Starting a business is no walk in the park. After wading through online paperwork to set up and register Shoptimize, I developed a business plan and a marketing strategy. I researched and connected with the woman-owned businesses whose products I’d represent. I developed content for my web site. I oversaw development of our e-commerce platform.
But what about those who have an idea, a vision, the personal traits and the drive to start their own enterprises, but struggled for a “C” in English…or graduate without digesting a novel?
According to the U.S. Department of Education, National Center for Education Statistics, 32 million U.S. adults, or 14% of our population, can’t read, and 21% can’t read above a 5th grade level. An astounding 19% of our high school graduates can’t read.
About 54% of U.S. women are “intermediate” readers (compared with 51% of men). But only 13% of women AND men are considered “proficient” readers. Not exactly the kind of equality we should be aiming for, right?
Around the world, 774 million people cannot read; 66% of them are women. OK, you think, we’re way above the rest. Not so fast: Reading proficiency levels for U.S. citizens fall below nine other industrialized countries. Heck, we’re barely above the international average!
While we hear about how many self-made billionaires never completed college, we also know that icons like Apple’s Steve Jobs and Facebook’s Mark Zuckerberg developed strong analytical, reading and story-telling skills before ditching their ivory towers. As the Wall Street Journal points out, clear communications (which require a high level of reading and writing proficiency) are more important than ever.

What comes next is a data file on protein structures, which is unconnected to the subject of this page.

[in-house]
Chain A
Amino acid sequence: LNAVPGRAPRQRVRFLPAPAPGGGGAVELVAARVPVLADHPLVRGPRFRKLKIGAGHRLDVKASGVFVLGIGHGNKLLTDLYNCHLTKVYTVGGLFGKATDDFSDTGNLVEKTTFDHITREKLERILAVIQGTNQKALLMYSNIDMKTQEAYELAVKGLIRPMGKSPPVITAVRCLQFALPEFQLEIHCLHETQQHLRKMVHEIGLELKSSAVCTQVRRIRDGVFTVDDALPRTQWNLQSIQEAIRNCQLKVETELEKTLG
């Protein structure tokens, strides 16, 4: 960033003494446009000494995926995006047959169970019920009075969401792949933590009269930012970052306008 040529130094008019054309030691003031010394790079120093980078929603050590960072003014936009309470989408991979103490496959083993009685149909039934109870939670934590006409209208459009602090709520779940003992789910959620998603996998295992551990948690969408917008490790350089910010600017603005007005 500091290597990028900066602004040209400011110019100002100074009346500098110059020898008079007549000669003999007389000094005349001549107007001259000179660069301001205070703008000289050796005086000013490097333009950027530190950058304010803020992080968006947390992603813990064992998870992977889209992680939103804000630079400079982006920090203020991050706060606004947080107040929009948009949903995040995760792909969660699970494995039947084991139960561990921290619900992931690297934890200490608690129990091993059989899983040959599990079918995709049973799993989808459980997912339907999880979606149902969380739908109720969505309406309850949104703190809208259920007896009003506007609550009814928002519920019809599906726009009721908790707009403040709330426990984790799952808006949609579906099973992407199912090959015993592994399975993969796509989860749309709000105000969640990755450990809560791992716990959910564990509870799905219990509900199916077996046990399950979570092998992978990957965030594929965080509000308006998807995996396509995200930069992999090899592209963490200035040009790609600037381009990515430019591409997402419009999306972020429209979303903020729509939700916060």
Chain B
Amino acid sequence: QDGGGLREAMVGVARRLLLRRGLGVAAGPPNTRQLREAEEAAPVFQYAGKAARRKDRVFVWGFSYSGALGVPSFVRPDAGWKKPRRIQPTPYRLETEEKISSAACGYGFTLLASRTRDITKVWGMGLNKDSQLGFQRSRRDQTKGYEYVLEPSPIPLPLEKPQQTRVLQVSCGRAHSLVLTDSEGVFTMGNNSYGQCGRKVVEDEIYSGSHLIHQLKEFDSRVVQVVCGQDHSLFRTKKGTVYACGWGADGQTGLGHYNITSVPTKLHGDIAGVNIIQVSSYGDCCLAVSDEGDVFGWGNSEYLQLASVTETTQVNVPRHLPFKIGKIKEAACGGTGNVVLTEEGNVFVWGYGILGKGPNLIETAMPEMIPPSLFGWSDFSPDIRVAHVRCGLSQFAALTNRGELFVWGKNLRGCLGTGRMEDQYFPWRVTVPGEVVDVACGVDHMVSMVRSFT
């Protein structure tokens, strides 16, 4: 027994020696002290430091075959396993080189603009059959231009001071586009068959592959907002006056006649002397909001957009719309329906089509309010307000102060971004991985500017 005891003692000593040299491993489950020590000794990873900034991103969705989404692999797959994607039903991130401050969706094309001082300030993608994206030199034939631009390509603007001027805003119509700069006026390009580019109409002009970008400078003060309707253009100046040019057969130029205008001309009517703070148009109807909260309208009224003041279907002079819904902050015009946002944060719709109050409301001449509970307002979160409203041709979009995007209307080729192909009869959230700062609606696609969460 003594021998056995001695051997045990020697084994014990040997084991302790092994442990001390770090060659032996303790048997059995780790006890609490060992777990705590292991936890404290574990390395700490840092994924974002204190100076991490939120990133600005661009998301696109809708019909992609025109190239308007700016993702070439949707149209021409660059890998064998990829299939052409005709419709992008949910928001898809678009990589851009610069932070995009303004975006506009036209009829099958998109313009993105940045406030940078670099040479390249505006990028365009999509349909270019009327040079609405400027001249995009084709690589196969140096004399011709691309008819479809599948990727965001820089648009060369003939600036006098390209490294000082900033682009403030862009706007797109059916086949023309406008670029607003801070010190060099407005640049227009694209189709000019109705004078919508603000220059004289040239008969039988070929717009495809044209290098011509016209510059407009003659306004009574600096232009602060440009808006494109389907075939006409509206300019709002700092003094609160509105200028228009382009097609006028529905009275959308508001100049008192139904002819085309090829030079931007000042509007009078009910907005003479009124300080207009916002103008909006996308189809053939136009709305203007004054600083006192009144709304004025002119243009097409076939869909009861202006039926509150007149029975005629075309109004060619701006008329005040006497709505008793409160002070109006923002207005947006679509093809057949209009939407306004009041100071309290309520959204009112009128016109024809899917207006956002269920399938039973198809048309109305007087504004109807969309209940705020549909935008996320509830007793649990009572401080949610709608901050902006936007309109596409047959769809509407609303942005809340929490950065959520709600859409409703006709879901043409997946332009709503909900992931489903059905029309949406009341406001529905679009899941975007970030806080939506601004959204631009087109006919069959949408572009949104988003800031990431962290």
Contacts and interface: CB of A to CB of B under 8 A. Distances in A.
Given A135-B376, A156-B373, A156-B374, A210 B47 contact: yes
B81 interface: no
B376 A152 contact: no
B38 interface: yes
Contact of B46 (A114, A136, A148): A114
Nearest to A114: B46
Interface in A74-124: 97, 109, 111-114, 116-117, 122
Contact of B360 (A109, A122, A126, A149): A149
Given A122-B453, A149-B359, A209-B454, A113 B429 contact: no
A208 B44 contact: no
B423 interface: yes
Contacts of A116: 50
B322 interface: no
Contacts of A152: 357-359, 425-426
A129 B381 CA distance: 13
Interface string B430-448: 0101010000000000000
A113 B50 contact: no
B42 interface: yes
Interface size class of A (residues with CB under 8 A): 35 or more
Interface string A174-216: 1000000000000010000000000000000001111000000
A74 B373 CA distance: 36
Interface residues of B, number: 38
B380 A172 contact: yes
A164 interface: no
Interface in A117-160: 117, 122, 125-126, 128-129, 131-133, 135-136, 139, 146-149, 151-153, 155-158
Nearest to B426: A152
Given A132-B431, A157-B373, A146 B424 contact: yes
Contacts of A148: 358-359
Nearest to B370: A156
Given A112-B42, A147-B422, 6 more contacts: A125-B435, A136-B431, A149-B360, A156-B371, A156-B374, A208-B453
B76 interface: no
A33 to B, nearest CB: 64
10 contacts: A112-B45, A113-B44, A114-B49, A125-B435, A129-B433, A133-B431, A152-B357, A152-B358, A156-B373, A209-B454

Reading helps us put business (and life) decisions in context. Of economic conditions. Consumer preferences. Financial considerations. Without context, women (and men) who want to run their own show, but can’t read well, have a much longer road to travel.
Fortunately, dozens of national organizations are helping to bridge the reading gap. The Literacy Information and Communication System, or LINCS, is a great resource to find literacy and adult education programs in your city.
Public libraries are the key to community literacy and entrepreneurial innovation, according to American Library Association President Barbara Stripling. (Disclosure: In addition to running Shoptimize, I am chief development officer for Hartford Public Library.)
Here are others leading the charge:
Community YWCAs around the country offer Early Learning and Childcare Centers that promote child development and school readiness, vital for helping parents obtain and retain employment, and prepare our next generations for lifelong learning and success.
Through tutoring, Achievers Clubs, Youth and Government and college preparation, YMCA organizations across the country offer young people reading and educational support to think bigger and pursue their goals.
Junior Achievement motivates and prepares young people for the real world by showing them the ‘end game’ – how their education fuels their success. JA works with teachers and volunteers to incorporate lessons, games and educational resources into their schoolwork. They show them how businesses run. They give purpose to reading.
If you know someone whose reading skills are keeping them from their dreams, don’t stay silent. Help them find a program that blends literacy with business savvy. Your support may help a new entrepreneur put her or his wings on!